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33
votes
2answers
1k views

Intuitively, why are bundles so important in Physics?

This question probably seems silly and I don't really know if it fits properly here, but the point is the following: I've seem the notion of bundles, fiber bundles, connections on bundles and so on ...
74
votes
6answers
2k views

What are the justifying foundations of statistical mechanics without appealing to the ergodic hypothesis?

This question was listed as one of the questions in the proposal (see here), and I didn't know the answer. I don't know the ethics on blatantly stealing such a question, so if it should be deleted or ...
14
votes
3answers
425 views

about the Atiyah-Segal axioms on topological quantum field theory

Trying to go through the page on Topological quantum field theory - The original Atiyah-Segal axioms - "Let $\Lambda$ be a commutative ring with 1, Atiyah originally proposed the axioms of a ...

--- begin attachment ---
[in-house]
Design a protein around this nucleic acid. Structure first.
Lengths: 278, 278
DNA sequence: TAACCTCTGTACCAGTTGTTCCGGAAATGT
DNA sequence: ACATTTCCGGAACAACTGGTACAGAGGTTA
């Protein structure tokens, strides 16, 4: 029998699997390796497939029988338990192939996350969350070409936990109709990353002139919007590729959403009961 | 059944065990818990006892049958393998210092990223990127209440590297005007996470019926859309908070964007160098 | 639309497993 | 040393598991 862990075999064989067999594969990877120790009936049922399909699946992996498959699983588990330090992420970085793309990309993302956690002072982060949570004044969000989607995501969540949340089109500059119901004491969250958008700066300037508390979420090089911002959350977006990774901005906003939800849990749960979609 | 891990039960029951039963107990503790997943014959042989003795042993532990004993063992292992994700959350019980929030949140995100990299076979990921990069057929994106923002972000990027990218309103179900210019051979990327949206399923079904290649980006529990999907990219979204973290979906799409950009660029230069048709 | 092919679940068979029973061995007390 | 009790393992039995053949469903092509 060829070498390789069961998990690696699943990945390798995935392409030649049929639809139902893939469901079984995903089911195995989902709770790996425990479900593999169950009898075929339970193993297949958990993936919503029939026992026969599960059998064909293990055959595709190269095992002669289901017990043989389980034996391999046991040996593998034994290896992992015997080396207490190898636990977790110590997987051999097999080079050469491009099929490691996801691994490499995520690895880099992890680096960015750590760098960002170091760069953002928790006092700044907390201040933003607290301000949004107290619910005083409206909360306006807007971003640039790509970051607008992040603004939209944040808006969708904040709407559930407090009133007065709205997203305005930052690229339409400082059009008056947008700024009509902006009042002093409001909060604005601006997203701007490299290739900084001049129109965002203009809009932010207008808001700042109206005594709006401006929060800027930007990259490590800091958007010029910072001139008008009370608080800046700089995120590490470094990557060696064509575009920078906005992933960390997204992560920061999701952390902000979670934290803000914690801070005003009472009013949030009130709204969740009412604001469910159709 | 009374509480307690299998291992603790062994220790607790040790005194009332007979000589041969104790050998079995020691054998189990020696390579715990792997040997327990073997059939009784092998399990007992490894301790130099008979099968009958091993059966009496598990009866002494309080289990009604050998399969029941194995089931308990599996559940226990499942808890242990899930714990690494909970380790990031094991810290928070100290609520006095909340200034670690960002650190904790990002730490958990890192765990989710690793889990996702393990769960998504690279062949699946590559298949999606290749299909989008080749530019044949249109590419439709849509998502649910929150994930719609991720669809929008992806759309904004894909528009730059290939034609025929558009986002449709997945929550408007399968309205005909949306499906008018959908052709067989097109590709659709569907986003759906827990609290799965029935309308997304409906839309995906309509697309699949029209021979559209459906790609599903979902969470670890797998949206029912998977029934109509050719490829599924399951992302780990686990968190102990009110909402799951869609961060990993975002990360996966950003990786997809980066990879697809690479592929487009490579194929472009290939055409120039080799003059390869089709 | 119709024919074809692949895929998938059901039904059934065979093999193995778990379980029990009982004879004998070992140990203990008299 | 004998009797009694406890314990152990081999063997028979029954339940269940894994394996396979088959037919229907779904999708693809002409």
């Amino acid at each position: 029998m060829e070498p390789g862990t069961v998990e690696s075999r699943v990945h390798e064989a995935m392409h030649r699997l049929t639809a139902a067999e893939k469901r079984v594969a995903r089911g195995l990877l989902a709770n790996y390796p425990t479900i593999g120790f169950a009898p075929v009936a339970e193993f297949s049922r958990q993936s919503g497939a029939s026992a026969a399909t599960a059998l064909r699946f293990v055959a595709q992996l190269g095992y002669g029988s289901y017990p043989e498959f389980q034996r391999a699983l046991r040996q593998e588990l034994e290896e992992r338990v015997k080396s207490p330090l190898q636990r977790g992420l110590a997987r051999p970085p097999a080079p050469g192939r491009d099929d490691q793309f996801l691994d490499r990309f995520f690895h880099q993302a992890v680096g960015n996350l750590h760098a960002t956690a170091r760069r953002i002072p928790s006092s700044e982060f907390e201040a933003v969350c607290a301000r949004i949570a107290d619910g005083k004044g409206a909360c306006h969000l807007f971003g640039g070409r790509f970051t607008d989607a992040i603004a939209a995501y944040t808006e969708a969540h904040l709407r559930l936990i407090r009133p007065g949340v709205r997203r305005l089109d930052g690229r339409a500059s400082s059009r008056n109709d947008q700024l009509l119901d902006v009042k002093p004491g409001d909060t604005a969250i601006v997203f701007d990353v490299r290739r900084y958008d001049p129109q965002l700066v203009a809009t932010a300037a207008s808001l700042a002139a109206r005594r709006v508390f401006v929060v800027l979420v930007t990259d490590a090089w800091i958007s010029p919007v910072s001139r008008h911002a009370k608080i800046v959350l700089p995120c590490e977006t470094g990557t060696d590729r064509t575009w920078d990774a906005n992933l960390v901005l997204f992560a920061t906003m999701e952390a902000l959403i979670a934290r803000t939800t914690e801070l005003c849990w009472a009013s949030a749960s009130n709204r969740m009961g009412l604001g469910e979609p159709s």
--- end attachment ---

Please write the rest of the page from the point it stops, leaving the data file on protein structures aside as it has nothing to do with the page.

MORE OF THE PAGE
12
votes
5answers
2k views

“Velvet way” to Grassmann numbers

In my opinion, the Grassmann number "apparatus" is one of the least intuitive things in modern physics. I remember that it took a lot of effort when I was studying this. The problem was not in the ...
11
votes
4answers
2k views

Where is the Atiyah-Singer index theorem used in physics?

I'm trying to get motivated in learning the Atiyah-Singer index theorem. In most places I read about it, e.g. wikipedia, it is mentioned that the theorem is important in theoretical physics. So my ...
17
votes
1answer
1k views

Why is there a deep mysterious relation between string theory and number theory, elliptic curves, $E_8$ and the Monster group?

Why is there a deep mysterious relation between string theory and number theory (Langlands program), elliptic curves, modular functions, the exceptional group $E_8$, and the Monster group as in ...
35
votes
2answers
479 views

Physical interpretation of different selfadjoint extensions

Given a symmetric (densely defined) operator in a Hilbert space, there might be quite a lot of selfadjoint extensions to it. This might be the case for a Schrödinger operator with a "bad" potential. ...
22
votes
6answers
3k views

Are there two theories that are mathematically identical but ontologically different?

I have no background in physics but there is a question that has been bothering me, so I'm asking you. Are there at least 2 physical theories that are : Mathematically identical, which means that ...